"80 by '20" is a call to action put in place by the Institute of Medicine in tandem with the Robert Wood Johnson Foundation to ensure 80 percent of nurses will be baccalaureate qualified by 2020. By 2012, around 50 percent of U.S. nurses held a bachelor's degree or higher.
But some still aren't satisfied. There is an ongoing debate about whether or not a BS should be required for entry-level nurses. So, earning a BS now could very well help you avoid professional pitfalls later in your career.
It is also true that nurses with bachelor's degrees enjoy a much higher earning potential. While the median annual salary for RNs is approximately $39,100, bachelor's degree holders record median salaries almost double that figure ($69,000).**
While the expanded job opportunities and increased compensation are undoubtedly attractive, we all know nurses aren't in it solely for the job security and salaries — many nurses join the field because they want to help save and improve lives. Several studies have concluded that the increased proportion of baccalaureate nurses consistently results in decreased patient mortality rates.
While trying to decide if the bachelor's degree track is the next step for your nursing career, it's only natural to be nervous about balancing work against the added responsibilities of school.
"Online learning is by far more convenient and flexible to an individual's schedule," Krump explains. "Distance education certainly offers convenience in a life that now demands it."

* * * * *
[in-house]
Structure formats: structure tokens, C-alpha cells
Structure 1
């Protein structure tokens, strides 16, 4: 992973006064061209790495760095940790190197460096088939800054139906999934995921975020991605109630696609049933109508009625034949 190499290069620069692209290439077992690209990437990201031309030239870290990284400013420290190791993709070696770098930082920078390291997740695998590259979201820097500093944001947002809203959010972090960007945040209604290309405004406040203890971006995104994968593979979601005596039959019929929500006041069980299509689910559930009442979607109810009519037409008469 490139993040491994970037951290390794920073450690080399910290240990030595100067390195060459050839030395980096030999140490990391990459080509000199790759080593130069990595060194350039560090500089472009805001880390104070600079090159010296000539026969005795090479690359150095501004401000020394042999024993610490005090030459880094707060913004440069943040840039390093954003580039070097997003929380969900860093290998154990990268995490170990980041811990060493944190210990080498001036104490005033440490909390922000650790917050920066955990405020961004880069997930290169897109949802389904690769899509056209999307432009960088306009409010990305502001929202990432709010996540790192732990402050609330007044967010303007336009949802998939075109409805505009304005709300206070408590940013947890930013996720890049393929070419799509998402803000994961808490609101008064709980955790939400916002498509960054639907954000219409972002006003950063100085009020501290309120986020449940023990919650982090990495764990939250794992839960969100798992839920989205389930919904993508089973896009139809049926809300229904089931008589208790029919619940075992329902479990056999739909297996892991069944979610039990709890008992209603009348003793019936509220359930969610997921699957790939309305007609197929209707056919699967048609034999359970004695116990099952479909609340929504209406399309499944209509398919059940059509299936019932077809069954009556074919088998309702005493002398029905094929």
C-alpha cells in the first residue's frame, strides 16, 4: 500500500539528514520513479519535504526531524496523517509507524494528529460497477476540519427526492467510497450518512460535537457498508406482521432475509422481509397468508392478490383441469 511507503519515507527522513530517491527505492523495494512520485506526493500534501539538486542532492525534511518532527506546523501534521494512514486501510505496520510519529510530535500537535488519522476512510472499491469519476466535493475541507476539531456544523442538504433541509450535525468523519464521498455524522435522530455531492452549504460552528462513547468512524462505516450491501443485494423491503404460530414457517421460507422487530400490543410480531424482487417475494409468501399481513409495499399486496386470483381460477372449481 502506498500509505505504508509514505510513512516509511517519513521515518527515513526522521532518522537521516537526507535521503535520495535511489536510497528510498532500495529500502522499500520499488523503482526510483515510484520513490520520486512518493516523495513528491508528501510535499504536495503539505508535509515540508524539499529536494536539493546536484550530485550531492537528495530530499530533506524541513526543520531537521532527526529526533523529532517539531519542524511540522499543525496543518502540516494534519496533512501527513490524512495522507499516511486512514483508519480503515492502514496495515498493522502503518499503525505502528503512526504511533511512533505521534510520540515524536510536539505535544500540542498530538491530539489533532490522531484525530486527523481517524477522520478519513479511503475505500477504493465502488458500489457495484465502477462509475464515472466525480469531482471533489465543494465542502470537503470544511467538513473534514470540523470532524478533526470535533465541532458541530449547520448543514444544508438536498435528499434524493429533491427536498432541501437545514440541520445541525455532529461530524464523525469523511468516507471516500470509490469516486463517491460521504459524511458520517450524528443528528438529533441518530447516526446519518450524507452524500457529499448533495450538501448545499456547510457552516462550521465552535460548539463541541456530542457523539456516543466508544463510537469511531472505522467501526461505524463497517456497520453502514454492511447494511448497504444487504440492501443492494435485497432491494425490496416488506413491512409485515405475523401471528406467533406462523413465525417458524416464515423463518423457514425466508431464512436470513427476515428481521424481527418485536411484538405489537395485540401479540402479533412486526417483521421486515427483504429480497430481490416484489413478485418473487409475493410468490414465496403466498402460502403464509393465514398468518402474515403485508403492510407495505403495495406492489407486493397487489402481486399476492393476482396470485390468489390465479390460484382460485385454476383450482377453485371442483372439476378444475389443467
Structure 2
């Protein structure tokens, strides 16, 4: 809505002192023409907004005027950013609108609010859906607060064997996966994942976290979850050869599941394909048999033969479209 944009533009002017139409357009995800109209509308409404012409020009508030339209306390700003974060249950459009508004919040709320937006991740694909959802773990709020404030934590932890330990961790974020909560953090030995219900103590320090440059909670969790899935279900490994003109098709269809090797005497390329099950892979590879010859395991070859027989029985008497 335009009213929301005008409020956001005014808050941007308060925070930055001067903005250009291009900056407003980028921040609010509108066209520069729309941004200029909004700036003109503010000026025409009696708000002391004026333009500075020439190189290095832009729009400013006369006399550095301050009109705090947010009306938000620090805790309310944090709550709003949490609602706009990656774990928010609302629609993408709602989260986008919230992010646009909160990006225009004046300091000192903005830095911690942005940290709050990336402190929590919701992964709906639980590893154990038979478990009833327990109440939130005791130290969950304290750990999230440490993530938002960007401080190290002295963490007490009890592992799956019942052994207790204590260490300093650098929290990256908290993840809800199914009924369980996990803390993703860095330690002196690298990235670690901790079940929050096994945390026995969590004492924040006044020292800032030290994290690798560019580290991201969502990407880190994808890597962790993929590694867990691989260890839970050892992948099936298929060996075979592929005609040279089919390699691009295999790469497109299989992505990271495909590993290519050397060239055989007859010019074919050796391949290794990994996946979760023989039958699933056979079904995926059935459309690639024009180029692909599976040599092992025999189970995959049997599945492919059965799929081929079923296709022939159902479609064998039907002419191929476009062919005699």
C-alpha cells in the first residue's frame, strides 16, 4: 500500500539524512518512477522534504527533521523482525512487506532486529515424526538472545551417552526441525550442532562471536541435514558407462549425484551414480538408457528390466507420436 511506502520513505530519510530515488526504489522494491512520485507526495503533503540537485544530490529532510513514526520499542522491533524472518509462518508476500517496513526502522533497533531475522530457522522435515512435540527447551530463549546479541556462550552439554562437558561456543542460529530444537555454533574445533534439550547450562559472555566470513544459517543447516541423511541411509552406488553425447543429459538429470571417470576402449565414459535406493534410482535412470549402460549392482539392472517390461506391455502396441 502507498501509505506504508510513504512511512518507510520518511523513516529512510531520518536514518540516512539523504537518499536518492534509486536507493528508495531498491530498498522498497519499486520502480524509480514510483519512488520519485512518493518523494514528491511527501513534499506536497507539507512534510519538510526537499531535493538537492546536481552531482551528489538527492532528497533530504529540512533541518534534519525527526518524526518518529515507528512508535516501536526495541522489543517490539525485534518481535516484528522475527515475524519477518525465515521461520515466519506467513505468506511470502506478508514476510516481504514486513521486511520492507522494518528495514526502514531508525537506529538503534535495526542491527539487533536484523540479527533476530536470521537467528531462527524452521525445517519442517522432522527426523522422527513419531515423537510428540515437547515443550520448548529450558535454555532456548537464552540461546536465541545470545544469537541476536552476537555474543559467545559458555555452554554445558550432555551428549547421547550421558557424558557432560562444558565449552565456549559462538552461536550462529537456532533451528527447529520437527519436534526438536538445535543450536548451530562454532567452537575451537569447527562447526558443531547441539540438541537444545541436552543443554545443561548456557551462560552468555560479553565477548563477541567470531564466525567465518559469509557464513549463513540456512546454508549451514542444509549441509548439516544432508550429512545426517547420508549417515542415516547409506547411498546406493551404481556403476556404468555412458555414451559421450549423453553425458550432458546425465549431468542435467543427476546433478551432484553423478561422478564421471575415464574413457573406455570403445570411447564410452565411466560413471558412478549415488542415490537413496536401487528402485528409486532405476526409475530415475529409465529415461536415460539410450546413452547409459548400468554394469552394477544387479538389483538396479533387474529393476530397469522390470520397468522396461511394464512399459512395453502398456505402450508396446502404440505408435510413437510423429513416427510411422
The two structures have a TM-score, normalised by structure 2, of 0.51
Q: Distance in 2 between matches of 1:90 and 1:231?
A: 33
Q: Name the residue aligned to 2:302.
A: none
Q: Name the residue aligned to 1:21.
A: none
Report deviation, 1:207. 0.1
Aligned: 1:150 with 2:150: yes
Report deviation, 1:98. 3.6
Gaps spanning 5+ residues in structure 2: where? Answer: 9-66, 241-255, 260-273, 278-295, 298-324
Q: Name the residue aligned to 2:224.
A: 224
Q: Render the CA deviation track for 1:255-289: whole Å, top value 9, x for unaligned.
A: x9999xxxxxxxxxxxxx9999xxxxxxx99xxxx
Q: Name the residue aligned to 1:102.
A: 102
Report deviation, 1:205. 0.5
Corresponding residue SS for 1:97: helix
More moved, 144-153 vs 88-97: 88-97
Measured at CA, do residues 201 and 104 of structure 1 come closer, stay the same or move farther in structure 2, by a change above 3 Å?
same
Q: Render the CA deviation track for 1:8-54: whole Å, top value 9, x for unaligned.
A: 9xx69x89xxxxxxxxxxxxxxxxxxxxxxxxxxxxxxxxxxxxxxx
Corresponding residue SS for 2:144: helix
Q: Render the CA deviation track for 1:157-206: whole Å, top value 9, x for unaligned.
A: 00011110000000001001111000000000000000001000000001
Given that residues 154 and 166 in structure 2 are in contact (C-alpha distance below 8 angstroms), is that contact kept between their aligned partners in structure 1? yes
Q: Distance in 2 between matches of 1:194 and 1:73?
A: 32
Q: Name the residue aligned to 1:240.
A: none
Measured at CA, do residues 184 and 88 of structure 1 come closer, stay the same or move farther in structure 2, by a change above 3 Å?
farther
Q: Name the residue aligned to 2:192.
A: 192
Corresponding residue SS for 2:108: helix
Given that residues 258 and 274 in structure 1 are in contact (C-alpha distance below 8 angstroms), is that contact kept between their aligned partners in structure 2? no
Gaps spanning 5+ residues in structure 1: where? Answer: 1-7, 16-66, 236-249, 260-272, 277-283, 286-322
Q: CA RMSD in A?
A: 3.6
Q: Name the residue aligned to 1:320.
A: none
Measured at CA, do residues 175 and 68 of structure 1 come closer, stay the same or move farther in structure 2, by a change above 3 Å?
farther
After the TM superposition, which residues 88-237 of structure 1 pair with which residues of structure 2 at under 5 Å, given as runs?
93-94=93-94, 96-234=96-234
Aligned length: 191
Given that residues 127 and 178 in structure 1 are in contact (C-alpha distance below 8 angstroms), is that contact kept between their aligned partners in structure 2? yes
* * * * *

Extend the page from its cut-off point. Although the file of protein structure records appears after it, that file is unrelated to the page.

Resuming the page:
But still you may be wondering if you can cut it as an online student, or even if the curriculum is as valuable as in-class learning. It's no secret that participating in online coursework takes a highly-motivated and disciplined person. "Its value can be no different than attending class face-to-face, as long as you put forth the same effort," Krump says. "The instructors expect students to take the lead and stay involved."
And even if you're not a tech whiz, don't let the online environment intimidate you. Most online learning management systems today are very intuitive and easy to navigate once you get used to them. "You will be an expert before you know it!" Krump says.
If you're hungry to learn more about your field and break through the ceiling that is constraining your career, a bachelor's degree in nursing can help you do it. You'll unlock troves of new job opportunities, enjoy a higher salary and experience the personal satisfaction — and professional recognition! — of improved patient outcomes.
If you're also hoping to continue working and balancing family obligations while pursuing your degree, perhaps an online RN to BS track is the perfect fit for you. Learn more about enhancing your skill set without pausing your life by heading over to The College of St. Scholastica's RN to BS information page. Now's the time to become the nurse you've always dreamed of being!
*Source: Burning-Glass.com (analysis of nurse job postings, Nov. 25, 2014 - Nov. 24, 2015)
**Salary data represents national, averaged earnings for the occupations listed and includes workers at all levels of experience. This data does not represent starting salaries and employment conditions in your area may vary.